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The double pulsar

There are certain kind of stars which are called pulsars (see Sect. 9.3.4). These are very compact objects (they have a diameter of about 10km but are several times heavier than the sun) which emit radio pulses at very regular intervals.

In the early 80's, Taylor and Hules (recent Nobel prize winners for this work) discovered a system where one pulsar circles another compact object. Because the pulsar pulses occur at very regular intervals, they can be used as a clock. Moreover there are several physical effects which can be used to determine the shape of the orbits of the pulsar and the compact object. It was found that these objects are slowly spiraling into each other, indicating that the system is losing energy in some way.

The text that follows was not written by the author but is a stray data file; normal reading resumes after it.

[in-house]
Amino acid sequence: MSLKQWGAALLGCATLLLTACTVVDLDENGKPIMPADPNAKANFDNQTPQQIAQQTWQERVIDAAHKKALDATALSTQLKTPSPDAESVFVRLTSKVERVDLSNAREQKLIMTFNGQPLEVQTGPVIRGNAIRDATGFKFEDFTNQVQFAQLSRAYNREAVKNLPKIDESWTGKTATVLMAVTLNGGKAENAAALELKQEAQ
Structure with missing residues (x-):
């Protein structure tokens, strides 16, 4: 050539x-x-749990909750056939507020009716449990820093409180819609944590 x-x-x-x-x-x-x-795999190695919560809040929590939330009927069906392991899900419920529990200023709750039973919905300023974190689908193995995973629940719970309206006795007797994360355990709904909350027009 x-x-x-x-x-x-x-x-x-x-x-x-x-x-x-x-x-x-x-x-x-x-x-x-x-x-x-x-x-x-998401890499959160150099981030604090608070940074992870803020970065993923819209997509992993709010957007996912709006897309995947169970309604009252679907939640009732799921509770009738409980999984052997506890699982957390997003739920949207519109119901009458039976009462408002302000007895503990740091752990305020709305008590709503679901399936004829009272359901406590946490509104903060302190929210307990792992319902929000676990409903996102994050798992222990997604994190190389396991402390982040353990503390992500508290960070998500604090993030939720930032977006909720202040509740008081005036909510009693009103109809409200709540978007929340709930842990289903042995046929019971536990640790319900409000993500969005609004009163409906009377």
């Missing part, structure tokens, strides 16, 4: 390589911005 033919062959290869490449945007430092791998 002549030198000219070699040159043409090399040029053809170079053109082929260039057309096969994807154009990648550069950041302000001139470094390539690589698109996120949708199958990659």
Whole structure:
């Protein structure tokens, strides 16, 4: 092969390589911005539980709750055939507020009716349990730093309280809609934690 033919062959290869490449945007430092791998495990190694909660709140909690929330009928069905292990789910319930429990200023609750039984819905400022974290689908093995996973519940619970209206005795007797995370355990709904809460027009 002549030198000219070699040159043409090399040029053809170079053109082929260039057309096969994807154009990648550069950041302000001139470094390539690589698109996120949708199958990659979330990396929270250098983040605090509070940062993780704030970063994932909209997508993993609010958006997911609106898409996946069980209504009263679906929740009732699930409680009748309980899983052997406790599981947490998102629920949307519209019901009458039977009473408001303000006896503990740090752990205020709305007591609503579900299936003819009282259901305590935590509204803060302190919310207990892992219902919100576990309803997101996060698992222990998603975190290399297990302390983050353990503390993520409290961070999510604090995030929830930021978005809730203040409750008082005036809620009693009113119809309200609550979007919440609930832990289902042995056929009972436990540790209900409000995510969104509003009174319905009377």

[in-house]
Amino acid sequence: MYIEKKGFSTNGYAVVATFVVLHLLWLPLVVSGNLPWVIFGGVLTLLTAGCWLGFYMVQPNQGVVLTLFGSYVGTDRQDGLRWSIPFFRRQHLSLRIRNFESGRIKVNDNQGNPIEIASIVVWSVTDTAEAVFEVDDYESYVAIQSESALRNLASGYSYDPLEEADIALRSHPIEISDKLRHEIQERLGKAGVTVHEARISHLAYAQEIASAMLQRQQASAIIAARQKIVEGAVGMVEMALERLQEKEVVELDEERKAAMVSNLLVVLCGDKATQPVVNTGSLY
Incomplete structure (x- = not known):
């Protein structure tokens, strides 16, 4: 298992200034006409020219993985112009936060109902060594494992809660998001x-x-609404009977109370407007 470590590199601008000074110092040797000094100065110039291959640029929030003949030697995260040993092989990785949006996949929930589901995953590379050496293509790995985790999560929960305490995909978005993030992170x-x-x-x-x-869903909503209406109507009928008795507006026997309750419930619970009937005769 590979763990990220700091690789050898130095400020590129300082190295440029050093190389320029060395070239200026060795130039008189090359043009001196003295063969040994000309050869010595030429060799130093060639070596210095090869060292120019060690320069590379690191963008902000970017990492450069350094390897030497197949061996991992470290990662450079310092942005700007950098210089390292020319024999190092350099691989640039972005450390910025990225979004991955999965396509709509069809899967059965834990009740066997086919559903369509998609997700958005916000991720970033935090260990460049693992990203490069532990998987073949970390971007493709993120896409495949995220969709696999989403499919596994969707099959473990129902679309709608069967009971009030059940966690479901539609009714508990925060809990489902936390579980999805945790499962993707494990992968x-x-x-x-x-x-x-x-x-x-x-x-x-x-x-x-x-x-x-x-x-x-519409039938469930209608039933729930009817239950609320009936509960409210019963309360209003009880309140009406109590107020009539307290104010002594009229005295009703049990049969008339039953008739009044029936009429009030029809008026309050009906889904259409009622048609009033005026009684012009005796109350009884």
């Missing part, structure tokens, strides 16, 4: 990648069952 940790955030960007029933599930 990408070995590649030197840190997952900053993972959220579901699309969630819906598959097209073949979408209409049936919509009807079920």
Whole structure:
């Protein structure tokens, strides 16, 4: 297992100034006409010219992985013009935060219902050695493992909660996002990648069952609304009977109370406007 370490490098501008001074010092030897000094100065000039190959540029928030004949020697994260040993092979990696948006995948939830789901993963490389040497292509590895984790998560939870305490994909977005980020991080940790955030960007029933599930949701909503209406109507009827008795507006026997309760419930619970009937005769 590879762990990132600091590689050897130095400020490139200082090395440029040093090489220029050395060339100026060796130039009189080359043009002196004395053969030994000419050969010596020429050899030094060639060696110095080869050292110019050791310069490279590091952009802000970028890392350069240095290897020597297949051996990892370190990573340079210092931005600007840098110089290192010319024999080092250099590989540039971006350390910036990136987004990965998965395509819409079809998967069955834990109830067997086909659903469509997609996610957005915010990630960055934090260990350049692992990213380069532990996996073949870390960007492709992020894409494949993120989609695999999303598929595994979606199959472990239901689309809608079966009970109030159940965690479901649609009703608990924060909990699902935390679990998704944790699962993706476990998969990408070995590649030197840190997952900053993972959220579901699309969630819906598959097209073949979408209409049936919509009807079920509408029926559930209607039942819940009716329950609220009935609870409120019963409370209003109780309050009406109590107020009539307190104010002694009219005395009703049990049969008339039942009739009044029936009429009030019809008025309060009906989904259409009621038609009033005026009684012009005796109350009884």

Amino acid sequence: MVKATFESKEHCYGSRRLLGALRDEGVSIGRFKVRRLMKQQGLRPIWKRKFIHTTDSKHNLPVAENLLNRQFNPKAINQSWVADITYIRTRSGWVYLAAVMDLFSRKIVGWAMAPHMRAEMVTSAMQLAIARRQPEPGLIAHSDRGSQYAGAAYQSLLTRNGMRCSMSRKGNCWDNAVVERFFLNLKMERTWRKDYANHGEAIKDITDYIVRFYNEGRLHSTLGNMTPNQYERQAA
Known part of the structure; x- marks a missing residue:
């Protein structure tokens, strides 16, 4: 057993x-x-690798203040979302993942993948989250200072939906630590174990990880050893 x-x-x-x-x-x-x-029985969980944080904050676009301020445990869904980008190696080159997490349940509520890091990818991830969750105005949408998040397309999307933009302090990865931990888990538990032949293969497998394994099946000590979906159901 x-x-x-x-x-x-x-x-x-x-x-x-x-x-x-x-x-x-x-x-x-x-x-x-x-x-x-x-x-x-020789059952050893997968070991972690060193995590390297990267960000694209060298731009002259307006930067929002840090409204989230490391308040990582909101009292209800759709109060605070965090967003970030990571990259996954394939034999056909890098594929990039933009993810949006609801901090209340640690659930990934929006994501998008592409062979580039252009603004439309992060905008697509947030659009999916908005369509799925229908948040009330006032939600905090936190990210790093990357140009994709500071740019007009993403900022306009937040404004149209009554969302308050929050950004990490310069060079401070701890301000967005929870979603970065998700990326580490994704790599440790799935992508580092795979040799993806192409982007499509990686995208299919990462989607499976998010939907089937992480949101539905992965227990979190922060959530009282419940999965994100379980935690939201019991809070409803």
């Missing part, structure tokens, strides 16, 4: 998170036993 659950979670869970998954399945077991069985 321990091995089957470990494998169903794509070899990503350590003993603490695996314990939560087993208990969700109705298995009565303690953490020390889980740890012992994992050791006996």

This system can also be studied using the General Theory of Relativity which predicts that the system should radiate gravitational waves carrying energy with them and producing the observed changes. These predictions are in perfect agreement with the observations. This is the first test of General Theory of Relativity using objects outside our solar system.


next up previous contents
Next: The universe: size, origins, Up: Tests of general relativity. Previous: Light bending
Jose Wudka
9/24/1998